The New iPad Pro Models Are Iterative Updates on the Last Generation, and Everybody Really Wants to Try the New Magic Keyboard

Joe Rossignol, MacRumors:

The first reviews of the new iPad Pro have hit the web and we’ve rounded them up below.

Given that trackpad support is coming to all modern iPad models with iPadOS 13.4, set to be released later today, the actual hardware changes to the 2020 iPad Pro are rather minor. Reviews confirm that the device’s new A12Z Bionic chip has very similar CPU performance as the previous A12X chip, and beyond that, the only additions are an Ultra Wide camera, LiDAR scanner, and better sounding microphones.

John Gruber:

In short, if you’re an AR junkie, you should jump all over the new iPad Pro. If you’re not an AR junkie — which is to say the overwhelming majority of you — well, it’s not that big a deal. I don’t mean to be dismissive of AR and ARKit. I think an AR revolution is coming, and the whole “use your iPhone and iPad as ARKit devices” effort on Apple’s part — and it’s a massive effort — is laying the groundwork for an AR-first device to hit the ground running with developer support from day one. But are there really people for whom ARKit-powered apps are so important right now that they’ll upgrade to a new iPad just for lidar support? I suppose the answer is yes — for example, developers working on ARKit apps and games. But for most people the answer is clearly no.

Off the top of my head, I can’t think of another time when new camera hardware or features from Apple debuted on a non-iPhone device.

In his review for the Verge, Dieter Bohn says that lidar is cool, but it’s one more piece of hardware for a software world that doesn’t exist yet. The new iPads also maybe possibly have 6 GB of RAM apiece, too — not just the high-end models. Both of these things continue a years-long narrative about the iPad as a product category: the hardware outpaces the software by years. There’s a good argument to be made that, because people will be using these things for a very long time, it makes sense to give them hardware that will allow for plenty of growth. But it also means that there’s little to try this new stuff out of the box, and its future viability depends on developer support.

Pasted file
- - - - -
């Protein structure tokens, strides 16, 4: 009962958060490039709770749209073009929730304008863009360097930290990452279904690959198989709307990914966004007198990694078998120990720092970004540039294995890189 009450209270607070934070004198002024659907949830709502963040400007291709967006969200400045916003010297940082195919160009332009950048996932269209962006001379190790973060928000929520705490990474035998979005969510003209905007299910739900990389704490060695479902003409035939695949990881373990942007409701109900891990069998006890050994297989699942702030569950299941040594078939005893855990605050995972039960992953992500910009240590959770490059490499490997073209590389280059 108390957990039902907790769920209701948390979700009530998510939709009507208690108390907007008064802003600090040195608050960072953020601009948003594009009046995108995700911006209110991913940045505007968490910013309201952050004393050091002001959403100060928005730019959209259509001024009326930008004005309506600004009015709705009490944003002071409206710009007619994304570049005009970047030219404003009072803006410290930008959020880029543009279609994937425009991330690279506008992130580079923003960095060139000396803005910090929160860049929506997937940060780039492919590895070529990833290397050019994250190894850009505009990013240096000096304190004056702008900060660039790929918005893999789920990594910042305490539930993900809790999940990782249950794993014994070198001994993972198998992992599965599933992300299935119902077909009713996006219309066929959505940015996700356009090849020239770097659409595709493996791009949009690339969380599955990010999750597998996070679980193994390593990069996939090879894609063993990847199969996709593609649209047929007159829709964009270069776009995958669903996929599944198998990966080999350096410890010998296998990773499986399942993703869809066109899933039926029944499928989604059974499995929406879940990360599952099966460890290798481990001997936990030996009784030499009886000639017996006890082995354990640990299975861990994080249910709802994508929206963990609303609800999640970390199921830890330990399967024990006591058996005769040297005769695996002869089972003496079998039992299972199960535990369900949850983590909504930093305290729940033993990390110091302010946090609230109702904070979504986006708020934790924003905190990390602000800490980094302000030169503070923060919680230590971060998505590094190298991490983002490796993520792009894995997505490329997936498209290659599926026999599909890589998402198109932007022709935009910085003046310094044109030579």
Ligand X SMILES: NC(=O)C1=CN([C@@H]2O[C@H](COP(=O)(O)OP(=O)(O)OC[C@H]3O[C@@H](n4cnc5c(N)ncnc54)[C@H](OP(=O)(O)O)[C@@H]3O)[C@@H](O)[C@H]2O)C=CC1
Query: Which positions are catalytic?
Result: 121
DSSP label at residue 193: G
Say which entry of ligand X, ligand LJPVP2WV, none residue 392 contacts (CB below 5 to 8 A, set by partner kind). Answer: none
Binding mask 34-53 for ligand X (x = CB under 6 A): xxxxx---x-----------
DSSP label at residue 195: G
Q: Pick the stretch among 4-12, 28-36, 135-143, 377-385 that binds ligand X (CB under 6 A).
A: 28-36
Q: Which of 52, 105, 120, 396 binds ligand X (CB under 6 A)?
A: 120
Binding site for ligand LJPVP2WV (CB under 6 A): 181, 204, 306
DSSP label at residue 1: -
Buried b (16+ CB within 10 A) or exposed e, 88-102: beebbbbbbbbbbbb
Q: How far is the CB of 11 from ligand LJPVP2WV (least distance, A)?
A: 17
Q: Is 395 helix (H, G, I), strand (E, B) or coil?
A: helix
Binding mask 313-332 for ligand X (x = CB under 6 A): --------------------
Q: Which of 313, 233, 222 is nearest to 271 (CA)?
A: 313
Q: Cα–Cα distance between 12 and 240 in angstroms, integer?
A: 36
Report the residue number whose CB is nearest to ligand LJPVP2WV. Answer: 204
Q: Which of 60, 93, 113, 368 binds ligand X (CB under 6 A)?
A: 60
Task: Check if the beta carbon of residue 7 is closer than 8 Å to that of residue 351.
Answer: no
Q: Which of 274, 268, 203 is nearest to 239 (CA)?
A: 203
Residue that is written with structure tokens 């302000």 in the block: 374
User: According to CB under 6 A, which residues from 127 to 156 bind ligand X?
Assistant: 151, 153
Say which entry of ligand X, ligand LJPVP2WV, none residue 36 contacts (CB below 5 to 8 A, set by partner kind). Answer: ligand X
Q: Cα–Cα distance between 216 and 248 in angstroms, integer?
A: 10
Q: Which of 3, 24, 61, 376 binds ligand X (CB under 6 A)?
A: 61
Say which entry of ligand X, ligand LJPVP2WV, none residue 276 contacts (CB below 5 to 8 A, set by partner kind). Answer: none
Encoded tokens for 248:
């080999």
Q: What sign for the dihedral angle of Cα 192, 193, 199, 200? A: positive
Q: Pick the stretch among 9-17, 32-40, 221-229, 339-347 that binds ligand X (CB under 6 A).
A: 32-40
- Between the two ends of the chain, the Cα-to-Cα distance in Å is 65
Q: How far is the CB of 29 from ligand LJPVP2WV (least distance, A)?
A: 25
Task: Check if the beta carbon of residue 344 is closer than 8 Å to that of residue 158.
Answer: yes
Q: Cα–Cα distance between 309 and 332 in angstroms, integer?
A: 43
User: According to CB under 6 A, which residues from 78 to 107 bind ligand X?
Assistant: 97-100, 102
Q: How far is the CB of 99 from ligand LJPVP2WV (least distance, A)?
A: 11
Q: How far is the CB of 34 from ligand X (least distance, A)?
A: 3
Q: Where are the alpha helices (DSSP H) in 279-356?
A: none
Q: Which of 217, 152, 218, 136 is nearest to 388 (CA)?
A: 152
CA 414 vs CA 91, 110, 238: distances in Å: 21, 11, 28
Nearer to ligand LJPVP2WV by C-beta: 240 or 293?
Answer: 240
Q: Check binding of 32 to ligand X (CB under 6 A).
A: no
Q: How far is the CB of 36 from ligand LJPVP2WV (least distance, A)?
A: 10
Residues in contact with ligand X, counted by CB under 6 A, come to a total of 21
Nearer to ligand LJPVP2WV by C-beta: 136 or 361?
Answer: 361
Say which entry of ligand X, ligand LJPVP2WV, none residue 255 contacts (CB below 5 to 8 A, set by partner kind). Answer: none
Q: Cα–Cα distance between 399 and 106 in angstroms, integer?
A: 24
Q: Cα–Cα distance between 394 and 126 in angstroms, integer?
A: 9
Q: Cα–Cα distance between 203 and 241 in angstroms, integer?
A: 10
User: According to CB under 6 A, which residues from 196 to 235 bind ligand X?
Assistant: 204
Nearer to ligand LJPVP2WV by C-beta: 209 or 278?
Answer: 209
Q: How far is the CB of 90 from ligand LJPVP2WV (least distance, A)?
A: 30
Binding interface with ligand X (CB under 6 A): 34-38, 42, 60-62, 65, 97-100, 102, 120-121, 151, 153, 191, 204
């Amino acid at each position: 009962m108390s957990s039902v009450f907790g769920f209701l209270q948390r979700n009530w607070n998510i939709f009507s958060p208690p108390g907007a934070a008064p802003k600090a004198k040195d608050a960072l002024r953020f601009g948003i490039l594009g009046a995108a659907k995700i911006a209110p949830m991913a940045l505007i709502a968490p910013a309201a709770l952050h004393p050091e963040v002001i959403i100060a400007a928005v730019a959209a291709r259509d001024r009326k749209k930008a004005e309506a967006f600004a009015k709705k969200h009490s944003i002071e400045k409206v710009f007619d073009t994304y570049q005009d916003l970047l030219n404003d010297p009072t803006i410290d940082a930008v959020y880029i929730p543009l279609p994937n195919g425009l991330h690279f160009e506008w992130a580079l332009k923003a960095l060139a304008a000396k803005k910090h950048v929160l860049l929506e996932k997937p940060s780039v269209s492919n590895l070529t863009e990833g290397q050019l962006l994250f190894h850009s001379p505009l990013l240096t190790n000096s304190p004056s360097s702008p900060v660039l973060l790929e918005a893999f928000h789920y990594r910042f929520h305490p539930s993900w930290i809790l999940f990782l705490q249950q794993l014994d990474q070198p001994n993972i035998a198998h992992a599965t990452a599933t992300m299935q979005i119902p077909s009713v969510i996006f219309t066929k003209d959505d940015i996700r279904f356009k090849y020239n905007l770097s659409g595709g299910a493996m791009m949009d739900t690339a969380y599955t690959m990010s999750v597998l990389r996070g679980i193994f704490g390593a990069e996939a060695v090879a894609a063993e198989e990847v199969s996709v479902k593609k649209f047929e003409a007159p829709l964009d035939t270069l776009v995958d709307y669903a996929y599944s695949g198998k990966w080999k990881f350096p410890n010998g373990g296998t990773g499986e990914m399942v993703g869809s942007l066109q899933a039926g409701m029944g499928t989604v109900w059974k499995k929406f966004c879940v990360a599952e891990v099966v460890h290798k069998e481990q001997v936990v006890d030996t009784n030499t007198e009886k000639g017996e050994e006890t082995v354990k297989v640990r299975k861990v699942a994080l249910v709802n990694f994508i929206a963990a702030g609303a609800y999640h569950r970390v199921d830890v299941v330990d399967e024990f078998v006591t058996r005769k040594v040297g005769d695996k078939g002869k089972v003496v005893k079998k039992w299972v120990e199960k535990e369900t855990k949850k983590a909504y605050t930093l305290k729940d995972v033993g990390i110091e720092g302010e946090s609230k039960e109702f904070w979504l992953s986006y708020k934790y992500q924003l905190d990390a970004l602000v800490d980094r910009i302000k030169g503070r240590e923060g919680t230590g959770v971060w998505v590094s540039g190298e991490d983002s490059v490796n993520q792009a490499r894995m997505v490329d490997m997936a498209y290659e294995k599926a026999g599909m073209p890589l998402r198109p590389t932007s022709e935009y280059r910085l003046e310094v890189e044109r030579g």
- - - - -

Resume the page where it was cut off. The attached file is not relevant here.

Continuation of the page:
That includes Apple. It has released an updated version of ARKit that allows developers to take advantage of the special qualities of the lidar sensor in these new iPads. Presumably, some new iPhones released later this year will have the same capabilities, and it looks like it makes a huge difference in the accuracy and reliability of augmented reality software.

Matthew Panzarino, TechCrunch:

Currently, iPadOS is still too closely tethered to the sacred cow of simplicity. In a strange bout of irony, the efforts on behalf of the iPad software team to keep things simple (same icons, same grid, same app switching paradigms) and true to their original intent have instead caused a sort of complexity to creep into the arrangement.

The current system of inscrutable gestures and indeterminate window focus reads, to me, like a lack of confidence in the iPad’s ability to grow and change. I don’t know that Panzarino’s ideas are the correct solution, but they are an idea that helps solve multitasking on the iPad for its unique context.

The trackpad and mouse support in iPadOS 13.4 is, similarly, a change that shows renewed confidence in the iPad as a discrete platform. It is a welcome upgrade to a project that began as an accessibility feature that combines references to traditional computer interfaces with a smart reconsideration of how it ought to behave in a touch environment. I don’t think I would want an iPad-style cursor in MacOS, but I also would not want to see a Mac-style cursor on an iPad. Neither makes sense outside of its context.

On that note, a consistent thread in all of these reviews is that the new Magic Keyboard accessory is the real news in iPad World. But, because it won’t be shipping for several weeks, and there is no way to do a remote hands-on area for equally remote press briefings, nobody has tried it yet. The good news is that, unless you need lidar hardware, there are few changes over the 2018 iPad Pro models, which you can pick up for a significant discount. And the Magic Keyboard is compatible with those models as well.